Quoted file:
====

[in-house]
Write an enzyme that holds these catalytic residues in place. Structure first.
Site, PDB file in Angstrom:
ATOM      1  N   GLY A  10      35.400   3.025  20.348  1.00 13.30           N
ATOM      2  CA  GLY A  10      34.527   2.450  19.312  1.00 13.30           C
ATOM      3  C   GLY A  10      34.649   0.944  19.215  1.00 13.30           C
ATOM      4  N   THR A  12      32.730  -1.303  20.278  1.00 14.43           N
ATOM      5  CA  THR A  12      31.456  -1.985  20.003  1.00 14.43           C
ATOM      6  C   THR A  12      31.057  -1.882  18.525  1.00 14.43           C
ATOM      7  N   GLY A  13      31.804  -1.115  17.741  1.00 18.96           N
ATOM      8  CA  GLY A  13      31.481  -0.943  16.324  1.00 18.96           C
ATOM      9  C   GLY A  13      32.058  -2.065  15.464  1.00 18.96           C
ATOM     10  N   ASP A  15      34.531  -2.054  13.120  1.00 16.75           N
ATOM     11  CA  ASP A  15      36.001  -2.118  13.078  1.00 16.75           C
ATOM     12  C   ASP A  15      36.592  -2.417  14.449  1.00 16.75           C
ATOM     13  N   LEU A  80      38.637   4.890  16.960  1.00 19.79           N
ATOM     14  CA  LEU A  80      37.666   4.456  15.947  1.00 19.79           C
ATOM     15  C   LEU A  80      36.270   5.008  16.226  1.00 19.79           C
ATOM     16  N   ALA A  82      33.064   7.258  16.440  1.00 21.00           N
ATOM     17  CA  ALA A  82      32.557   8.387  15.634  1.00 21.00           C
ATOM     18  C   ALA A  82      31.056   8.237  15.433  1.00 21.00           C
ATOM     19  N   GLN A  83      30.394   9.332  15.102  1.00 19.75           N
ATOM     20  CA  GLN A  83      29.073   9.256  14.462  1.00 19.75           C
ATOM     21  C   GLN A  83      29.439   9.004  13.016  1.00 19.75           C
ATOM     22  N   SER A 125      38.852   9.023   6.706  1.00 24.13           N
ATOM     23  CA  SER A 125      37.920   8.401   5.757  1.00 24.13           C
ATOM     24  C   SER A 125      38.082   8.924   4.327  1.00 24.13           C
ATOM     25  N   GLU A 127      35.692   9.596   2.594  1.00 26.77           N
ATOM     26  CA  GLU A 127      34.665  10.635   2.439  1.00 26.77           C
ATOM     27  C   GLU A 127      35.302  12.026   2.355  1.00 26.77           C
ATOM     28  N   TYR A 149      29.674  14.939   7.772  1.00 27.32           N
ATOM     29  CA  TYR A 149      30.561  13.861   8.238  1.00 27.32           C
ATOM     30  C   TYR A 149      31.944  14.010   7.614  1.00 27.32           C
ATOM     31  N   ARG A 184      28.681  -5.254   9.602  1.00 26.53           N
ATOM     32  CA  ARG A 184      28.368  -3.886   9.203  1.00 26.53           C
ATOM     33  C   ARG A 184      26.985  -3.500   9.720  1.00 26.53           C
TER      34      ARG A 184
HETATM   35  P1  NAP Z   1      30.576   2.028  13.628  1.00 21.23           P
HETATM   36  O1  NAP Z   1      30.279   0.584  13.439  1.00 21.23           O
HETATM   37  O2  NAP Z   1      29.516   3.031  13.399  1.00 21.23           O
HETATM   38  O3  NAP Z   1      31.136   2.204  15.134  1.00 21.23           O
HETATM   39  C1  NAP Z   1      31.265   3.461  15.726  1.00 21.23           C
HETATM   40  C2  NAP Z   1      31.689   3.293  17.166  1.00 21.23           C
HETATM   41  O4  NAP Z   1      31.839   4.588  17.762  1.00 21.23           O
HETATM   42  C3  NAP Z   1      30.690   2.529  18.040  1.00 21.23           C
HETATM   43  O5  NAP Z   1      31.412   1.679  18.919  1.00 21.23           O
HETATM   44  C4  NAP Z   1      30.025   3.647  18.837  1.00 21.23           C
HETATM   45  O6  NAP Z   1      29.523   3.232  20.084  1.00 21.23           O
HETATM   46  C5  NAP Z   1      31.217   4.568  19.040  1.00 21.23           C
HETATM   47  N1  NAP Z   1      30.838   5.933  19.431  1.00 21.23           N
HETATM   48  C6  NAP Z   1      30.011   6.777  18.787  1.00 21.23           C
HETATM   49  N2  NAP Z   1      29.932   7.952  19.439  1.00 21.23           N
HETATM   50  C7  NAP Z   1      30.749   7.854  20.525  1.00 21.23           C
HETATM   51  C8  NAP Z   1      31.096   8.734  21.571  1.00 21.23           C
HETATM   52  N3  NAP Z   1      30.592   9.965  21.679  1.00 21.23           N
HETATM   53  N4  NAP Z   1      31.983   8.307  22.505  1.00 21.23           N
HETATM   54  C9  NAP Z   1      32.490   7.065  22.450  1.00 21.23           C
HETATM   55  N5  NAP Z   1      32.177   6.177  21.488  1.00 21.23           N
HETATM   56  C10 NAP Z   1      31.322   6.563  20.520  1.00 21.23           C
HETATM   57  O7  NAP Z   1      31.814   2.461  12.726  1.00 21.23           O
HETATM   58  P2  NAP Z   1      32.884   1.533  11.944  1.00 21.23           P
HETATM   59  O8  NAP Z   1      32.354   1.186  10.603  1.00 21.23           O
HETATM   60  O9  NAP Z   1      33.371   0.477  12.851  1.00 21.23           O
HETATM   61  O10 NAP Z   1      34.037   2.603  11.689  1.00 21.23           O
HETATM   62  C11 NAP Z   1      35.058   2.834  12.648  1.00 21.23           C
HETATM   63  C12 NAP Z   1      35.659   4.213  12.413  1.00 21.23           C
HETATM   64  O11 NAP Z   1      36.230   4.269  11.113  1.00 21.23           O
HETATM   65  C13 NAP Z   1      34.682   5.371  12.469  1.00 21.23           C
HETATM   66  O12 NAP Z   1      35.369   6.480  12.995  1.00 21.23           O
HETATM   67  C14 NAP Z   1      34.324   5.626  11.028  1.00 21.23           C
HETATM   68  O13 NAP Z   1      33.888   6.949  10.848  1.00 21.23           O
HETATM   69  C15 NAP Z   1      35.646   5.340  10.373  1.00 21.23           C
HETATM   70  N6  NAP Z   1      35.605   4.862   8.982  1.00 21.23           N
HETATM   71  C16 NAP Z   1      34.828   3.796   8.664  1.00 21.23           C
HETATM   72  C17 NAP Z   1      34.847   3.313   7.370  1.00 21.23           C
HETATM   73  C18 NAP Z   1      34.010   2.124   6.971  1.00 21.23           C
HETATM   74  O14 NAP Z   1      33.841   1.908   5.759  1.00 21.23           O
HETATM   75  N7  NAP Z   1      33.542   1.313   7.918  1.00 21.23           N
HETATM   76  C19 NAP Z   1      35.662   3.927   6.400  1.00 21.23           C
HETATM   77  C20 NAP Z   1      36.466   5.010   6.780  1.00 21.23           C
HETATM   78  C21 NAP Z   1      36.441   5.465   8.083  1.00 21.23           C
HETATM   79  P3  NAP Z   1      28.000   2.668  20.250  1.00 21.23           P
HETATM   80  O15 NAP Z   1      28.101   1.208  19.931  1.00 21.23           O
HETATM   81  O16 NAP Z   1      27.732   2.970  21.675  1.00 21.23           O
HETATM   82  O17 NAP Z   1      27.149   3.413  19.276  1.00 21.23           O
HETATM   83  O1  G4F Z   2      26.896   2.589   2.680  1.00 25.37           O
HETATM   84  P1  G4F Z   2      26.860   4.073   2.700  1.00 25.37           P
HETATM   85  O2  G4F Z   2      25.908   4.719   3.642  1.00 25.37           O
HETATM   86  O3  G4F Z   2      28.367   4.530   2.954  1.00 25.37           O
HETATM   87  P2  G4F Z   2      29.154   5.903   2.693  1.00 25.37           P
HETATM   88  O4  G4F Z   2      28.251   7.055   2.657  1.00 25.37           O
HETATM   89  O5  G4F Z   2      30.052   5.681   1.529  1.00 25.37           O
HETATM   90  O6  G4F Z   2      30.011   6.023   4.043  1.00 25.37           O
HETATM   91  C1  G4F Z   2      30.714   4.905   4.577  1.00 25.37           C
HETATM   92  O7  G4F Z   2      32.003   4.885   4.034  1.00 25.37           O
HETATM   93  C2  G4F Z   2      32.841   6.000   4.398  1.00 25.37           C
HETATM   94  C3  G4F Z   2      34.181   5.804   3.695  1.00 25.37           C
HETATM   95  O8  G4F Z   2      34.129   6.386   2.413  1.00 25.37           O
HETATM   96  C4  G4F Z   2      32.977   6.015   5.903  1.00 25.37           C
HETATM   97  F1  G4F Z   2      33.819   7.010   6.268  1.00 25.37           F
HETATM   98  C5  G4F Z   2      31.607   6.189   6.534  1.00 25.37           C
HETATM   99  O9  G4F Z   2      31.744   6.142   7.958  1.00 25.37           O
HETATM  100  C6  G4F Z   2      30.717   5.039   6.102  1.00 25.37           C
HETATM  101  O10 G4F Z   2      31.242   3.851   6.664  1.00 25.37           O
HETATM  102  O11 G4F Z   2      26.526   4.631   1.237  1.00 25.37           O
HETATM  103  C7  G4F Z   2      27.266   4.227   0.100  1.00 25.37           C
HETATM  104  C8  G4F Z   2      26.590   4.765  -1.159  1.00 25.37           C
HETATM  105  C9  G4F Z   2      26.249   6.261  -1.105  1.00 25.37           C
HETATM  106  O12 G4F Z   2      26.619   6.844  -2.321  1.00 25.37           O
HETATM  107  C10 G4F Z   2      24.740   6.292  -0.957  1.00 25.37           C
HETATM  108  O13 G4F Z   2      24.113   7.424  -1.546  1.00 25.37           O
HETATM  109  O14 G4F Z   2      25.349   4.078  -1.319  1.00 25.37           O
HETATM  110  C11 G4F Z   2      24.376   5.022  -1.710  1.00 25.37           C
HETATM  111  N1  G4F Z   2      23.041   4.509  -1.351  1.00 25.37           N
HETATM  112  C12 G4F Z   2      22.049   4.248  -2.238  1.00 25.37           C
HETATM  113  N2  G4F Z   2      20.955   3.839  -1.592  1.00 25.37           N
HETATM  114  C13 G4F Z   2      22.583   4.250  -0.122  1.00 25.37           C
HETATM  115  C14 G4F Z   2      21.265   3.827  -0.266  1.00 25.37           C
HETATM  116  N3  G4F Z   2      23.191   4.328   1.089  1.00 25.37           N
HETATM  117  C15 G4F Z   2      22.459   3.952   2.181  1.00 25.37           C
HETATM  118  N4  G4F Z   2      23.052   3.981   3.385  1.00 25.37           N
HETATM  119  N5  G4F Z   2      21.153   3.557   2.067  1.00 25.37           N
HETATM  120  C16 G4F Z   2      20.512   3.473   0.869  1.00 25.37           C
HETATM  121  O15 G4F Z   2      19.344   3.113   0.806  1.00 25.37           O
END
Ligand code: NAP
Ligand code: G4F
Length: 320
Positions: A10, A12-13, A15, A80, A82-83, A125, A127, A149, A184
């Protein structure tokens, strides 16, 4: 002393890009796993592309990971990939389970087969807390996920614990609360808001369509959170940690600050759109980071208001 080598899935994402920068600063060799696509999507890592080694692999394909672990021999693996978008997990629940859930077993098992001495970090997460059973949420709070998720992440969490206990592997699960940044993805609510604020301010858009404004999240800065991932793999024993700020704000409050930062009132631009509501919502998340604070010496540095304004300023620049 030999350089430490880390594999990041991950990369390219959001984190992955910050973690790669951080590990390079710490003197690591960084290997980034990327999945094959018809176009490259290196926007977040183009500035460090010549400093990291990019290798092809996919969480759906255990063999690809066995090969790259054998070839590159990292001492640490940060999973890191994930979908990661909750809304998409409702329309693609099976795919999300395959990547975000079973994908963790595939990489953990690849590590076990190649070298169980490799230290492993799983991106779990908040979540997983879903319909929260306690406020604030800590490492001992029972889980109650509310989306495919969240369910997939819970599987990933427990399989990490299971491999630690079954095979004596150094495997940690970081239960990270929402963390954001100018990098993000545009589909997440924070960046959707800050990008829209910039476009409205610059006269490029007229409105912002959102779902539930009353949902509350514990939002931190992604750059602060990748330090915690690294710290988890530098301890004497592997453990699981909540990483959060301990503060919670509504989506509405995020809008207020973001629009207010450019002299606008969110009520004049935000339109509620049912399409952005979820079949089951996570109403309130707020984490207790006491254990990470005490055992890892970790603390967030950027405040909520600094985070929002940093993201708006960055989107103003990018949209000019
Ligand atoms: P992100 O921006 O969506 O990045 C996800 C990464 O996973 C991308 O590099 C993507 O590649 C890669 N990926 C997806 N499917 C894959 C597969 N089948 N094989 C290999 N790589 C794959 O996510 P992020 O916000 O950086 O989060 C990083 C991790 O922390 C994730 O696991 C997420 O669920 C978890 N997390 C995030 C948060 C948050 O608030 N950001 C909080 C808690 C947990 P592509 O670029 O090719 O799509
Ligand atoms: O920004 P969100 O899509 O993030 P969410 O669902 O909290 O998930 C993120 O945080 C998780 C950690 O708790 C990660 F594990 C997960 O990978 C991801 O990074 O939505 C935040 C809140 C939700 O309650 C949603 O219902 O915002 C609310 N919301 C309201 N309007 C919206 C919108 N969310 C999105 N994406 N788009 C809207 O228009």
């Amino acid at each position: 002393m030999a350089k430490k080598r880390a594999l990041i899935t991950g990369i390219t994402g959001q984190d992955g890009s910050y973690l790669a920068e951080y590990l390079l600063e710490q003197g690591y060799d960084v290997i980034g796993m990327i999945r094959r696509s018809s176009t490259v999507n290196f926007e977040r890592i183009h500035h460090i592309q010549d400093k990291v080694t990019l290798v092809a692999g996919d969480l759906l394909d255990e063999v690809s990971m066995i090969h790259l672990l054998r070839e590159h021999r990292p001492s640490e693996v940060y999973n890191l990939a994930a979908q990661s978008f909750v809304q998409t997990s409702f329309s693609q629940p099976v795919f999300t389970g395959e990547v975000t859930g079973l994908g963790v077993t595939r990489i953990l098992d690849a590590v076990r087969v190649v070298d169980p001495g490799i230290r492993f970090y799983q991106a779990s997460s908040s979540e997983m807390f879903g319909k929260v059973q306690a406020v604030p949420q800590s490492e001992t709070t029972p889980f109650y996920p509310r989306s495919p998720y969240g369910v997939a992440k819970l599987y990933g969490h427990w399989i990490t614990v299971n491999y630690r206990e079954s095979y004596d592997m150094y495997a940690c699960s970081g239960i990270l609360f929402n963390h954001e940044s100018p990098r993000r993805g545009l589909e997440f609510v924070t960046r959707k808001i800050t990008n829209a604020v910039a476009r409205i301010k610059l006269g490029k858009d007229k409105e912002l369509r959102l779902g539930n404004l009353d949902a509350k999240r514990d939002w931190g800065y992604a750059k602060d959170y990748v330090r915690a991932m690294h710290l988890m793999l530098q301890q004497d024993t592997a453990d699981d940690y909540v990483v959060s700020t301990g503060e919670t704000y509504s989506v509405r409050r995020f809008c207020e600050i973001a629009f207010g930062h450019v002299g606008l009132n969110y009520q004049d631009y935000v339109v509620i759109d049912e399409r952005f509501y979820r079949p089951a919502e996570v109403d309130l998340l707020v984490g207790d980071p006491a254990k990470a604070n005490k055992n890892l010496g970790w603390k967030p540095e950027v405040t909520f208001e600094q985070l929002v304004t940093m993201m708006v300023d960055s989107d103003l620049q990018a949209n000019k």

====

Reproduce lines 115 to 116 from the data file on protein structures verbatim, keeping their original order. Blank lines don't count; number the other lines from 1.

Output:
HETATM  112  C12 G4F Z   2      22.049   4.248  -2.238  1.00 25.37           C
HETATM  113  N2  G4F Z   2      20.955   3.839  -1.592  1.00 25.37           N